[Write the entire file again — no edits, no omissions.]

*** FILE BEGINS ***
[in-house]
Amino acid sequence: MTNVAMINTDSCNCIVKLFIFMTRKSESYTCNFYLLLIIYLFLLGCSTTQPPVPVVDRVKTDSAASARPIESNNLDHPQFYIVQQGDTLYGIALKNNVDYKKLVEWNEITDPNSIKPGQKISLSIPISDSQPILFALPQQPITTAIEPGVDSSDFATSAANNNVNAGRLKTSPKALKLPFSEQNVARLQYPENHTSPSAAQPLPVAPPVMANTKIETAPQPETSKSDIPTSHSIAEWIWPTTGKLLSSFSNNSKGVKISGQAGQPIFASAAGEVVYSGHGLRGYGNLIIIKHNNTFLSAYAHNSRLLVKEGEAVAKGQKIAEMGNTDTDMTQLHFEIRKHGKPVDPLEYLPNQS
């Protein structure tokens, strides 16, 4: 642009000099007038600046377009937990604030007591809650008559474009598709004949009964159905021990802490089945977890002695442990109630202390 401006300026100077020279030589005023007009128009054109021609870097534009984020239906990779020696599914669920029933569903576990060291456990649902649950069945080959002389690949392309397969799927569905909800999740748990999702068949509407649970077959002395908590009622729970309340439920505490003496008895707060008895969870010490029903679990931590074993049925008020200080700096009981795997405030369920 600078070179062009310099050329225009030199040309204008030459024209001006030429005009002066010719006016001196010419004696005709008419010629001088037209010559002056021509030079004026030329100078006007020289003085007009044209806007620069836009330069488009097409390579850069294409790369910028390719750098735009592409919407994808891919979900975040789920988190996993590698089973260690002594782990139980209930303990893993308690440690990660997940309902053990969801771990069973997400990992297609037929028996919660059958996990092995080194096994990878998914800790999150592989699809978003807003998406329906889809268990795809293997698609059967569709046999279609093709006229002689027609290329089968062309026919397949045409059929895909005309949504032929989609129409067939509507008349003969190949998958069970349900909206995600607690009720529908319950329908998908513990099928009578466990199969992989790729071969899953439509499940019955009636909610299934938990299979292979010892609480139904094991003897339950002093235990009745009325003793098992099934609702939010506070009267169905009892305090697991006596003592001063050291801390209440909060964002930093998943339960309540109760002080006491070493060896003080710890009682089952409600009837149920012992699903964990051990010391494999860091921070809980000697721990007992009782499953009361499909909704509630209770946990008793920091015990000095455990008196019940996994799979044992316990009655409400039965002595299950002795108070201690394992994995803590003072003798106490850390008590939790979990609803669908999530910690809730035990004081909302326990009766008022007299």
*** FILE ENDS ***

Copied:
[in-house]
Amino acid sequence: MTNVAMINTDSCNCIVKLFIFMTRKSESYTCNFYLLLIIYLFLLGCSTTQPPVPVVDRVKTDSAASARPIESNNLDHPQFYIVQQGDTLYGIALKNNVDYKKLVEWNEITDPNSIKPGQKISLSIPISDSQPILFALPQQPITTAIEPGVDSSDFATSAANNNVNAGRLKTSPKALKLPFSEQNVARLQYPENHTSPSAAQPLPVAPPVMANTKIETAPQPETSKSDIPTSHSIAEWIWPTTGKLLSSFSNNSKGVKISGQAGQPIFASAAGEVVYSGHGLRGYGNLIIIKHNNTFLSAYAHNSRLLVKEGEAVAKGQKIAEMGNTDTDMTQLHFEIRKHGKPVDPLEYLPNQS
């Protein structure tokens, strides 16, 4: 642009000099007038600046377009937990604030007591809650008559474009598709004949009964159905021990802490089945977890002695442990109630202390 401006300026100077020279030589005023007009128009054109021609870097534009984020239906990779020696599914669920029933569903576990060291456990649902649950069945080959002389690949392309397969799927569905909800999740748990999702068949509407649970077959002395908590009622729970309340439920505490003496008895707060008895969870010490029903679990931590074993049925008020200080700096009981795997405030369920 600078070179062009310099050329225009030199040309204008030459024209001006030429005009002066010719006016001196010419004696005709008419010629001088037209010559002056021509030079004026030329100078006007020289003085007009044209806007620069836009330069488009097409390579850069294409790369910028390719750098735009592409919407994808891919979900975040789920988190996993590698089973260690002594782990139980209930303990893993308690440690990660997940309902053990969801771990069973997400990992297609037929028996919660059958996990092995080194096994990878998914800790999150592989699809978003807003998406329906889809268990795809293997698609059967569709046999279609093709006229002689027609290329089968062309026919397949045409059929895909005309949504032929989609129409067939509507008349003969190949998958069970349900909206995600607690009720529908319950329908998908513990099928009578466990199969992989790729071969899953439509499940019955009636909610299934938990299979292979010892609480139904094991003897339950002093235990009745009325003793098992099934609702939010506070009267169905009892305090697991006596003592001063050291801390209440909060964002930093998943339960309540109760002080006491070493060896003080710890009682089952409600009837149920012992699903964990051990010391494999860091921070809980000697721990007992009782499953009361499909909704509630209770946990008793920091015990000095455990008196019940996994799979044992316990009655409400039965002595299950002795108070201690394992994995803590003072003798106490850390008590939790979990609803669908999530910690809730035990004081909302326990009766008022007299």